By Kate Young
Is it true that there’s no such thing as bad publicity? That may depend on whether you’re asking a reality-T.V. star, a candidate for president of the United States, or—I don’t know—a bank.
According to Gallup, the percentage of Americans expressing confidence in U.S. banks plummeted to an all-time low of 18% in 2010. Since then, that number has limped back up, but only to an uninspiring 32%. Layer on top of that a punitive regulatory climate and inflammatory election-cycle rhetoric, and you’ve got your answer right there. Where you’re bank is concerned, there is such thing as bad publicity, and you can’t afford it.
If something goes wrong at your bank, will your public statements reflect professionalism and credibility—and renew confidence in your organization?
We all know that no organization can inoculate itself against every known and unknown risk. So let’s assume you have the world’s best disaster recovery plan. (Of course you do.) And when the worst happens, your bank is fully prepared to take appropriate steps to swiftly correct the situation. Great.
Now what are you going to say to the public? And perhaps just as importantly, who’s going to say it? In this era of social media, bank employees may be tempted to post their own updates. This actually happened in the aftermath of a bank robbery not long ago. Depending on the nature of the crisis, that kind of grassroots PR can cause some real damage—fueling the rumor mill or hampering investigations or recovery efforts. You need to get ahead of that before it becomes an issue.
What’s the plan?
We caught up with Theresa Wendhausen, CFMP, of First National Bank and Trust, and Amy Delaney, CFMP, of Pacific Continental Bank to learn more about the issue. In addition to leading marcom at their own banks, they’ve developed the crisis communications curriculum that Theresa teaches at the ABA Bank Marketing School, where they both serve on the advisory board. And what’s the first thing we need to know about crisis planning?
“If you don’t have a plan,” Wendhausen said, “it’s a crisis.”
Wendhausen, Delaney—and ABA—have some suggestions for what you can do now to help make sure you’ll be able to communicate the best way possible during the worst situations:
1. Identify your crisis team. Because this team will be in charge of crafting and implementing the crisis communications plan, it should include stakeholders from key areas of the bank, such as senior management, marketing/communications/PR, and legal/compliance. Make sure that all members of this team understand their roles and the chain of command.
2. Establish/strengthen relationships with key audiences. If you don’t already have the names and phone numbers of local reporters and community leaders, now would be a good time to introduce yourself—when all is well. By the same token, check in with your customers on a regular basis, via email, newsletter, and website posts. If they’ve learned that they can rely on you for news and updates during normal times, they’re more likely to trust in your transparency during a crisis.
3. Document your plan. This is your opportunity to formalize your procedures and ensure accountability for them. Use the plan to specify roles and responsibilities, provide emergency contact information (including vendors), and set up a notification and monitoring system. Outline your communication guidelines. Provide for a crisis command center in case the normal workspace becomes unusable.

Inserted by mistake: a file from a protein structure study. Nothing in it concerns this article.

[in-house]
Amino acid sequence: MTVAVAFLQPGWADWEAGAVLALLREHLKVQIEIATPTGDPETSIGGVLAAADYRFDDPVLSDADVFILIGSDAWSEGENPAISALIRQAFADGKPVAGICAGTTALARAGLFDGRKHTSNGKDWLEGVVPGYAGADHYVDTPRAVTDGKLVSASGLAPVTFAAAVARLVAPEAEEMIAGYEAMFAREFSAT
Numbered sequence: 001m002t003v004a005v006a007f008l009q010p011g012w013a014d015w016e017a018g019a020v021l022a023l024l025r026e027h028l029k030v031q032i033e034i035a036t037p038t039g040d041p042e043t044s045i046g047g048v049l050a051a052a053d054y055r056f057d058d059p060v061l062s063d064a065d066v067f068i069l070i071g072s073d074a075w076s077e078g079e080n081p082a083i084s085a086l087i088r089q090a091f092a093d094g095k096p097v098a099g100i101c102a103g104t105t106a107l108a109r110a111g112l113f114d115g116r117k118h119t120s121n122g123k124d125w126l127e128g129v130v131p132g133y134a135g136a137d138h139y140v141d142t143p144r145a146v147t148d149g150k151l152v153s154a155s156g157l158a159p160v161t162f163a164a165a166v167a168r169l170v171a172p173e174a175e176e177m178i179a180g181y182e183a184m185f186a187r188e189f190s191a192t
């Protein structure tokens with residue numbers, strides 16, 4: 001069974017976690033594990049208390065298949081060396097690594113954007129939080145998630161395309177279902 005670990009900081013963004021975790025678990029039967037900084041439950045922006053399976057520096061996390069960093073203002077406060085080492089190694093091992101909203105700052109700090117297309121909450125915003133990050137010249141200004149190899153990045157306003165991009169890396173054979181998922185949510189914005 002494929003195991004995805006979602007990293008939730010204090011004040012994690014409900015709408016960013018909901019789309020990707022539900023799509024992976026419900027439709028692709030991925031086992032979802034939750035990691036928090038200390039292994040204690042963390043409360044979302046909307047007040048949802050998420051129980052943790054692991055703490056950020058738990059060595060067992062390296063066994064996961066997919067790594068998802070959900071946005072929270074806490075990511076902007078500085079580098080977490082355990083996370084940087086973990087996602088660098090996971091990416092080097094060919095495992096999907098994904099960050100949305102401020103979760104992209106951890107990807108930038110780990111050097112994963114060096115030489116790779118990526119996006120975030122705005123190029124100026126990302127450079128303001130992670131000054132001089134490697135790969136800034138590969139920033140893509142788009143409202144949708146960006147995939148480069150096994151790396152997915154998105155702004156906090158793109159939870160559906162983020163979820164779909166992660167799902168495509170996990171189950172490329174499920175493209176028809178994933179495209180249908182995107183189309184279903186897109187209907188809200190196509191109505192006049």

4. Account for the full range of possible crisis situations. Emergencies come in all varieties, from weather events to technical failure, scandal, legal trouble, civil disruption, security/data breaches, violent crime, and property damage caused by fire or flood.
5. Work through potential scenarios. Test your operations. Wendhausen suggests that you “plan for the unexpected by playing what if.”
6. Prepare potential messages appropriate for each stage of a crisis. You may not always know what’s going on—and even if you do, you may not be at liberty to discuss it. For these situations, Delaney recommends that you develop “holding statements.”
7. Train your spokespeople. Keep in mind that your CEO might not be the best spokesperson. It’s better to go with someone who’s well positioned to address the needs of the target audience—not the needs of the bank. And that individual may benefit from media training. Never use an external spokesperson.
8. Train all bank employees. Make the staff aware that only specified bank spokespeople are permitted to make public comments about bank business. Provide employees with social media guidelines to curtail damaging chatter.
9. Practice ABA’s “5 Commandments of Crisis Communications.” Your bank’s reputation is at stake, so what you say must be true and believable.
10. Remember that “no comment” is a comment. The last thing you want to do is give the impression that you refuse to cooperate or are covering something up. Delaney adds that some people hear “no comment” as an admission of guilt.
11. Conduct a post-crisis analysis. Your crisis communications plan should be treated as a living document, and allowed to evolve and develop along with your organization. After a crisis has subsided, take the time to analyze news coverage, customer response, and employee feedback. Use the lessons learned to update and refine your plan.
As part of its library of communications tools, ABA offers A Guide to Crisis Communications. Acknowledging that each organization—and each crisis—is different, this guide provides context, tips, and approaches for drafting a crisis communications plan that’s right for your bank. Available to ABA member banks, the guide also includes sample plans for a variety of different crisis types.
Kate Young is the content editor of ABABankMarketing.com. Email: email@example.com.